Going into a young child session with the attitude of creating an "award wining photograph" has got to be the ultimate stress idea. You cannot tell a child what to do, some are not old enough to understand, some will just do the opposite. I approach the session with the attitude that I am going to create beautiful images for the parents, then if I happen to get something for competition, great!

Your knowledge of your craft must be second nature when in the session to create the proper ratios, lighting patterns on the face, etc. You can't have your mind on the equipment, parents, & subject all the while with the attitude "I must get something for competition". Remember Obi Wan's comment to Luke right before he got in line to blow up the death star, "Let go, Luke"

Finally, it appears that you are using something that's creating a "hard" source of light for the main (small light source or parabolic perhaps?). If you used a large soffbox you would find the lighting much easier to manage, especially for a child. I never have to worry about a nose shadow with my 4x6. I do; however, have to worry if the light is to low or to high....

KirkDarling
08-12-2007, 10:37 PM
Art, I love the picture. I agree with the others that it would probably not merit in competition--but competition is a peculiar thing that overlaps salability but doesn't indicate salability.

I think the parents will adore it. In fact, there is a baby food or baby supply company that would wrap it around a package and put a million copies on stores around the world. It has that kind of adorability.

Art_Wright
08-12-2007, 11:21 PM
Thanks, Don and Kirk! A friend of mine told me that this image captures the child's personality; isn't that what we are after as portrait photographers? The mother is trying to find a way to financially get Mackenzie into an agency, as she has that kind of talent. This wasn't even a good day for her; she was teething and not happy most of the day...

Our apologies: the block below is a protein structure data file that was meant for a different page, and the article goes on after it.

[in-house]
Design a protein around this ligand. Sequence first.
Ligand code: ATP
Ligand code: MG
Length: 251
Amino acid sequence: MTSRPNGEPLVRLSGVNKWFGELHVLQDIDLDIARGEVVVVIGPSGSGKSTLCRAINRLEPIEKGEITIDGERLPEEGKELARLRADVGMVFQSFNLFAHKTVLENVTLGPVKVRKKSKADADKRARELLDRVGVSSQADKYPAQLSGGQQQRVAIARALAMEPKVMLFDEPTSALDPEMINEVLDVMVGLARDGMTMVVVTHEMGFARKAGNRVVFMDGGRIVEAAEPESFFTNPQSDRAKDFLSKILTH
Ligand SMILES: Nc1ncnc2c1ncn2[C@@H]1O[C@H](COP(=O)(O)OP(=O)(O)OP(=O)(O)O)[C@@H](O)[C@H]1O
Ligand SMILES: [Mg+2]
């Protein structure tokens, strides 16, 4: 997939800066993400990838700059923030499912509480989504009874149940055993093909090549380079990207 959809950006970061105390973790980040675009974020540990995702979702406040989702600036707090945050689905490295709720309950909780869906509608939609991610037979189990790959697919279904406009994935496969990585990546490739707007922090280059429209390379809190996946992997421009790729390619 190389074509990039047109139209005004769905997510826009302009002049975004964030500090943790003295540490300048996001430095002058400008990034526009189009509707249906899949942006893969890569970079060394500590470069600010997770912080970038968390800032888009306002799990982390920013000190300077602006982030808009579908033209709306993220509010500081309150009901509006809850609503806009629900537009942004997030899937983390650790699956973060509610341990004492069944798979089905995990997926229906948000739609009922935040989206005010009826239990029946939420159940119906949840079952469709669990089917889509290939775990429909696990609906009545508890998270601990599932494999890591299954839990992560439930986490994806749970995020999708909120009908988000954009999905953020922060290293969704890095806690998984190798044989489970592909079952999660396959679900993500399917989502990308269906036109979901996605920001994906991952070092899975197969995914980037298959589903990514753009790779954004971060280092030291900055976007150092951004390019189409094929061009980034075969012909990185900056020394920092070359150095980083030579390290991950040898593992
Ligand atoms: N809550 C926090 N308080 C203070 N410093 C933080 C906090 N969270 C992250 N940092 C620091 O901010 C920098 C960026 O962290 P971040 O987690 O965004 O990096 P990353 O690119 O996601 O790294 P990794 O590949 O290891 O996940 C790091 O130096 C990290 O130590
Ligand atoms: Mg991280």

Art_Wright
08-12-2007, 11:35 PM
Yes, Don; I had my snoot extended for the tightest beam as the main light. I was trying for some Hurrell style fashion with this little angel...

D._Craig_Flory
08-13-2007, 03:00 PM
Thanks for all of your replies. My question to you all is how do you concentrate on lighting ratios with a squiriming six-month old, and both parents trying to get the little darling to smile, from sometimes conflicting directions (despite my fervent plea to stop!). I was lucky to get this keyed from the right direction, and to get the catchlights...

Hi Art;

Look at your image. If you had simply either moved yourself Or had a parent to your left (the right of the baby) and gotten the baby to look that way you would have #1 had short lighting #2 had less whites of the eyes ... the face would have turned thereby having the eyes facing the same way as the nose. So, you can control the lighting simply by controling where they look.

Also, with babies and pets: you need to use a smaller closed down aperature so you get more depth of focus and also back up with the camera. That way, if they move you still have them in focus and didn't lose part of their body.

Stan_Lawrence
08-13-2007, 03:28 PM
"both parents trying to get the little darling to smile, from sometimes conflicting directions (despite my fervent plea to stop!)"

One way you can prevent this is to stop taking pictures....put your hands down off the camera and smile at the mom....when she realizes something is wrong, gently explain that all the input (mom, dad, photog) is confusing the child. Ask her to allow you a few minutes to get the expression, if that doesn't work you'll ask her to help. Almost always worked for me.....

Art_Wright
08-13-2007, 03:34 PM
Thanks, Stan! Mom's have the best of intentions...:)